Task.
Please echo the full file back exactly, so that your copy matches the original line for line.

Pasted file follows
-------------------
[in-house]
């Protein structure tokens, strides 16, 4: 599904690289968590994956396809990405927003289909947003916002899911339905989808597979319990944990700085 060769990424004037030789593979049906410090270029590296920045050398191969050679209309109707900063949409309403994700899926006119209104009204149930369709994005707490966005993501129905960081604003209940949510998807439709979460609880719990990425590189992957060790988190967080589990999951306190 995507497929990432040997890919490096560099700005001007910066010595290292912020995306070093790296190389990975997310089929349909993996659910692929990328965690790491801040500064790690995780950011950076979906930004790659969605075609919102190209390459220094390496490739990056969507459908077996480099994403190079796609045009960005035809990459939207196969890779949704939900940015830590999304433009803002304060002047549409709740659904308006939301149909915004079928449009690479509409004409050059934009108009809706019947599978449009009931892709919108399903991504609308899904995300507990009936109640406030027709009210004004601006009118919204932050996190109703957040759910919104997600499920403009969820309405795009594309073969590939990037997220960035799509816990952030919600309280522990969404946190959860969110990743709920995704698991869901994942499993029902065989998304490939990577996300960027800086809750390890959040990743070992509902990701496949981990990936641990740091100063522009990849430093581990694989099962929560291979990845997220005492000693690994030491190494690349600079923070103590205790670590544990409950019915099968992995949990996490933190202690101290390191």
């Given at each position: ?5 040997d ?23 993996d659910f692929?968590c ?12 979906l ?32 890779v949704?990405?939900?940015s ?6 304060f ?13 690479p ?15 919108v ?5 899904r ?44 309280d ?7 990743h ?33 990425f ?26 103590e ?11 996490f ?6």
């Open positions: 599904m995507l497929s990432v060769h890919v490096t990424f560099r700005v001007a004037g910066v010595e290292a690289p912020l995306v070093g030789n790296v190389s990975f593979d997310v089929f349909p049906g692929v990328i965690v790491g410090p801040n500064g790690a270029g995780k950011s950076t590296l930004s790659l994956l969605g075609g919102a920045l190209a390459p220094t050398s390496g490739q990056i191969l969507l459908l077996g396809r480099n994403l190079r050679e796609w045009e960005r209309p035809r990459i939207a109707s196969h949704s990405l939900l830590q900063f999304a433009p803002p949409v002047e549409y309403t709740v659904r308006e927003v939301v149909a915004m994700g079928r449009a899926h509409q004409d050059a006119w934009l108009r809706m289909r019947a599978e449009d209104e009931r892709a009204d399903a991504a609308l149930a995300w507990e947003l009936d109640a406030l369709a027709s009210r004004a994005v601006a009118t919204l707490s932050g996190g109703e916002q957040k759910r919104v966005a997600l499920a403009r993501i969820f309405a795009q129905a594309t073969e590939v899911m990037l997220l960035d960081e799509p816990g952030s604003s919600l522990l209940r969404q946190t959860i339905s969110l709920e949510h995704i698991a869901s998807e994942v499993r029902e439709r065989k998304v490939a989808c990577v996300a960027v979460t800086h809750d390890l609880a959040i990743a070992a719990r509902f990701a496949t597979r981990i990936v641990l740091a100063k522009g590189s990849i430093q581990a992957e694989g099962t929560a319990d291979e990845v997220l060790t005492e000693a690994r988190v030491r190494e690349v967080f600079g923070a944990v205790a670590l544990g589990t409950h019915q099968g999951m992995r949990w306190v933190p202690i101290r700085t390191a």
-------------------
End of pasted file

[in-house]
């Protein structure tokens, strides 16, 4: 599904690289968590994956396809990405927003289909947003916002899911339905989808597979319990944990700085 060769990424004037030789593979049906410090270029590296920045050398191969050679209309109707900063949409309403994700899926006119209104009204149930369709994005707490966005993501129905960081604003209940949510998807439709979460609880719990990425590189992957060790988190967080589990999951306190 995507497929990432040997890919490096560099700005001007910066010595290292912020995306070093790296190389990975997310089929349909993996659910692929990328965690790491801040500064790690995780950011950076979906930004790659969605075609919102190209390459220094390496490739990056969507459908077996480099994403190079796609045009960005035809990459939207196969890779949704939900940015830590999304433009803002304060002047549409709740659904308006939301149909915004079928449009690479509409004409050059934009108009809706019947599978449009009931892709919108399903991504609308899904995300507990009936109640406030027709009210004004601006009118919204932050996190109703957040759910919104997600499920403009969820309405795009594309073969590939990037997220960035799509816990952030919600309280522990969404946190959860969110990743709920995704698991869901994942499993029902065989998304490939990577996300960027800086809750390890959040990743070992509902990701496949981990990936641990740091100063522009990849430093581990694989099962929560291979990845997220005492000693690994030491190494690349600079923070103590205790670590544990409950019915099968992995949990996490933190202690101290390191």
């Given at each position: ?5 040997d ?23 993996d659910f692929?968590c ?12 979906l ?32 890779v949704?990405?939900?940015s ?6 304060f ?13 690479p ?15 919108v ?5 899904r ?44 309280d ?7 990743h ?33 990425f ?26 103590e ?11 996490f ?6």
């Open positions: 599904m995507l497929s990432v060769h890919v490096t990424f560099r700005v001007a004037g910066v010595e290292a690289p912020l995306v070093g030789n790296v190389s990975f593979d997310v089929f349909p049906g692929v990328i965690v790491g410090p801040n500064g790690a270029g995780k950011s950076t590296l930004s790659l994956l969605g075609g919102a920045l190209a390459p220094t050398s390496g490739q990056i191969l969507l459908l077996g396809r480099n994403l190079r050679e796609w045009e960005r209309p035809r990459i939207a109707s196969h949704s990405l939900l830590q900063f999304a433009p803002p949409v002047e549409y309403t709740v659904r308006e927003v939301v149909a915004m994700g079928r449009a899926h509409q004409d050059a006119w934009l108009r809706m289909r019947a599978e449009d209104e009931r892709a009204d399903a991504a609308l149930a995300w507990e947003l009936d109640a406030l369709a027709s009210r004004a994005v601006a009118t919204l707490s932050g996190g109703e916002q957040k759910r919104v966005a997600l499920a403009r993501i969820f309405a795009q129905a594309t073969e590939v899911m990037l997220l960035d960081e799509p816990g952030s604003s919600l522990l209940r969404q946190t959860i339905s969110l709920e949510h995704i698991a869901s998807e994942v499993r029902e439709r065989k998304v490939a989808c990577v996300a960027v979460t800086h809750d390890l609880a959040i990743a070992a719990r509902f990701a496949t597979r981990i990936v641990l740091a100063k522009g590189s990849i430093q581990a992957e694989g099962t929560a319990d291979e990845v997220l060790t005492e000693a690994r988190v030491r190494e690349v967080f600079g923070a944990v205790a670590l544990g589990t409950h019915q099968g999951m992995r949990w306190v933190p202690i101290r700085t390191a």